Before COVID-19, our clients were people who had injured themselves, but hadn’t gone to the doctors for (generally) two reasons – they didn’t have time to wait for an appointment, or they didn’t “like the doctors”.
It’s pretty easy to understand not wanting to wait for a GP appointment. Most appointments are either booked a long way in advance (for routine matters) or have to be booked on the day – which can lead to frustrating recorded messages at 8AM and waiting hours for a call back before maybe getting an appointment.
If you’re young, or older and male, the idea of not “liking” the doctor might seem odd. For older (and I’m going with thirty plus here as “older”) women, it can be a very different experience, especially in more provincial areas where doctors are “well established in professional practice” (aka graduated a long time ago and have dated knowledge that they’ve not bothered to refresh). Some of the accounts we have heard at State 11 are simply frightening – ignorance about pelvic pain, massively outdated opinions on mental health, denial of recognised chronic health conditions, a lack of understanding about the menopause and a definite lack of open-mindedness when it comes to solutions that don’t involve taking tablets made from horse urine. (Read more about Premarin here).
Since many of our clients come to us with long term injuries, we find referrals to “the pain clinic” are a particularly contentious matter…but that’s a topic for another blog post.
Since we were allowed to re-open in July 2020, we’re hearing very different accounts about doctor’s appointments. On the whole – people simply can’t get them. Appointments for musculoskeletal issues are generally short, and telephone based, and while it’s perfectly possible to explain issues with (for example) a shoulder hurting when you lie down, it’s much harder to have someone palpate (poke, prod and touch) the shoulder and neck when the appointment is over the phone. This is an issue because (in our experience) it’s leading to potentially much more serious issues being missed.
We can’t legally diagnose a condition but we can (generally) tell when something is wrong. Since the advent of telephone appointments, we’ve seen a large number of people who have “talked to the doctor on the phone and they said to take some painkillers from the chemist”. Sometimes, those painkillers work…although there is a huge issue with the routine suggestion of anti-inflammatories for issues with musculoskeletal problems (this has been reported several times in the BJSM as it can negatively affect healing – read more about it here -but this comes back to doctors having dated knowledge).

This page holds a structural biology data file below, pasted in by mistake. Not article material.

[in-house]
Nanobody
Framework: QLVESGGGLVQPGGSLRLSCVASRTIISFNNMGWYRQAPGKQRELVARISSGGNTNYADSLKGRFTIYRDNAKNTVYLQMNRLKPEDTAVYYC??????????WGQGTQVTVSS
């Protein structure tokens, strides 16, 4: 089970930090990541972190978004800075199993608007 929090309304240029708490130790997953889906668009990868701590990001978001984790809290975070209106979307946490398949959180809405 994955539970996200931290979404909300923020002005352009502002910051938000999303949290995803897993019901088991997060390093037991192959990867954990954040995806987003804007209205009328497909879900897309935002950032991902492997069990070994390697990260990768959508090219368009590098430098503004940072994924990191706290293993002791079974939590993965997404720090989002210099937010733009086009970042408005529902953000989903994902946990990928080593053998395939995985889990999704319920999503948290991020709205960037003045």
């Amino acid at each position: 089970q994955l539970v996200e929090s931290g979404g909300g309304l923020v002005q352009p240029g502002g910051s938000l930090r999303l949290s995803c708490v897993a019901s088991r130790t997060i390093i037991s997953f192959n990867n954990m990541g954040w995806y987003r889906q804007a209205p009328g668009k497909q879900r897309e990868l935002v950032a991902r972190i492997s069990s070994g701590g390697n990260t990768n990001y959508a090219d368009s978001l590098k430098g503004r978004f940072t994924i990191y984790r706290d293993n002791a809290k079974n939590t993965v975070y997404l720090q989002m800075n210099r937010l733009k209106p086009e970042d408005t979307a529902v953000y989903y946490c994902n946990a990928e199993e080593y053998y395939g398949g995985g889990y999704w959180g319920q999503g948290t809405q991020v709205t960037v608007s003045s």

More often than not, though, the fact the client is sat on our couch means the “take a couple of painkillers” approach hasn’t worked, and the poor client has been struggling on with increasing pain and increasing disability, finding themselves unable to sleep due to pain, having difficulty at work due to pain…but not knowing what to do because they’ve already spoken to the doctor once.
We helped our clients sorted out their shoulder pain, neck pain, sciatic pain…but we’ve also found ourselves confronted with fractured and broken bones, severe muscle tears and at least one client we’ve had to urgently rush to A&E ourselves.
As mentioned, we can’t legally diagnose – and we don’t have x-ray eyes – so whilst I can be pretty sure that I’m dealing with a fracture, or a break, or a tear, we can only tell people that there is a real issue and they need to go to A&E or speak to their GP because they need more extensive help than we can give them.
We’re advising our clients, in these situations, to say that they have seen a soft tissue therapist, and they have said that the problem needs to be seen and assessed by a doctor. Sometimes its listened to, and sometimes it’s not – but at least it shows to the doctor or the receptionist that the client hasn’t just visited “Dr Google” and is being over-dramatic. We’ve found that here – far more than in other places we’ve lived, there is a real sense of reverence towards doctors, and that clients daren’t challenge, or ask for a second opinion. But they are just people – and you know your body better than anyone else, even if you don’t know all the names for the different bits that might be causing you pain. My personal advice is that if you find you have an unpleasant doctor, you should use Pohwer – a charity patients’ advocacy service – to make a complaint (complaints made to the surgery generally get brushed under the carpet) – and never go to an appointment alone, always take someone else with you. That tends to stop doctors with god-complexes in their tracks.)
We’re not sure what the solution is. Those clients who have got in to see a GP in person report that the surgeries are empty. We absolutely understand there is a pandemic emergency, and that doctors seeing multiple patients a day are putting themselves at risk (although the science about viral load and COVID-19 is confusing at best – read more about that here). And there is a lot of noise (especially from our glorious Health Secretary, Mr Hancock) that virtual GP appointments are the way to go (read more about that here, but maybe not if you have high blood pressure) because it means that “people who really need to see their doctor can get appointments”. That might be the case but the clients walking through our door suggest that the balance isn’t being managed properly yet at all.